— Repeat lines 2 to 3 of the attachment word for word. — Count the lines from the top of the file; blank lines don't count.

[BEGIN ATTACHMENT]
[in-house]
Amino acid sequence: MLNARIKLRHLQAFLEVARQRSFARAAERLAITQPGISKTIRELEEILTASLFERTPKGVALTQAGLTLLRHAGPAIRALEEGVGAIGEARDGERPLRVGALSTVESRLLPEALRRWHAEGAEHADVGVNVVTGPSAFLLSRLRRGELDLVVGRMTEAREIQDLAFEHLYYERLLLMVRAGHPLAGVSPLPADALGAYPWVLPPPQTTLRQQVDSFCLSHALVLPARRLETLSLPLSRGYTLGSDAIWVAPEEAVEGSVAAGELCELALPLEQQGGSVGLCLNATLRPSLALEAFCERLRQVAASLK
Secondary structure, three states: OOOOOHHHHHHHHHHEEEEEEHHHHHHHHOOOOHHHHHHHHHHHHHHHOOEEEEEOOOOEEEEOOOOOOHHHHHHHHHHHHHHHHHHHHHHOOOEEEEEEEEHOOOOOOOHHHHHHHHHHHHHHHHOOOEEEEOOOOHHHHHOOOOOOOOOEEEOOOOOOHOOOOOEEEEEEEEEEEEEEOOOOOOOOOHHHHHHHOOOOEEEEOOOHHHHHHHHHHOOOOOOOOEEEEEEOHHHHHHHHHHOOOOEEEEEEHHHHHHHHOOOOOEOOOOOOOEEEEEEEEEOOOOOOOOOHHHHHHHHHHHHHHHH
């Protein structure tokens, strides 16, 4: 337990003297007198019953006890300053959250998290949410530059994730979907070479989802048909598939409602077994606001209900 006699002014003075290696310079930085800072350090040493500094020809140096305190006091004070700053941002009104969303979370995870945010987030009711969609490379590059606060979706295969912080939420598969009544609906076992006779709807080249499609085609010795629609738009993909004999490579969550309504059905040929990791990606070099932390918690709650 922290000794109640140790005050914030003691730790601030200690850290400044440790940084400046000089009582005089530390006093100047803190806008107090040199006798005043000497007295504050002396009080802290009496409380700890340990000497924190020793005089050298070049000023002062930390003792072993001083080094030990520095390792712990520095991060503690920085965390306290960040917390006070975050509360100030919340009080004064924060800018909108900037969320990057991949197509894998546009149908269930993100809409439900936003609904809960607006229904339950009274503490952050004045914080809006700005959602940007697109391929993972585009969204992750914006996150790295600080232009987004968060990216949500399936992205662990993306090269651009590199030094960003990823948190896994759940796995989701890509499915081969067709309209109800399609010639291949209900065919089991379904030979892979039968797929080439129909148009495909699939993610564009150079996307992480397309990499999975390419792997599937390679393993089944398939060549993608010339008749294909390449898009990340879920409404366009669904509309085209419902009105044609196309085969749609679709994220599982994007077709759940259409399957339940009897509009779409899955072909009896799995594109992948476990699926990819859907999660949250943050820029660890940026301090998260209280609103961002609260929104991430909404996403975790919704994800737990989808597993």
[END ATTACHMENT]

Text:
Amino acid sequence: MLNARIKLRHLQAFLEVARQRSFARAAERLAITQPGISKTIRELEEILTASLFERTPKGVALTQAGLTLLRHAGPAIRALEEGVGAIGEARDGERPLRVGALSTVESRLLPEALRRWHAEGAEHADVGVNVVTGPSAFLLSRLRRGELDLVVGRMTEAREIQDLAFEHLYYERLLLMVRAGHPLAGVSPLPADALGAYPWVLPPPQTTLRQQVDSFCLSHALVLPARRLETLSLPLSRGYTLGSDAIWVAPEEAVEGSVAAGELCELALPLEQQGGSVGLCLNATLRPSLALEAFCERLRQVAASLK
Secondary structure, three states: OOOOOHHHHHHHHHHEEEEEEHHHHHHHHOOOOHHHHHHHHHHHHHHHOOEEEEEOOOOEEEEOOOOOOHHHHHHHHHHHHHHHHHHHHHHOOOEEEEEEEEHOOOOOOOHHHHHHHHHHHHHHHHOOOEEEEOOOOHHHHHOOOOOOOOOEEEOOOOOOHOOOOOEEEEEEEEEEEEEEOOOOOOOOOHHHHHHHOOOOEEEEOOOHHHHHHHHHHOOOOOOOOEEEEEEOHHHHHHHHHHOOOOEEEEEEHHHHHHHHOOOOOEOOOOOOOEEEEEEEEEOOOOOOOOOHHHHHHHHHHHHHHHH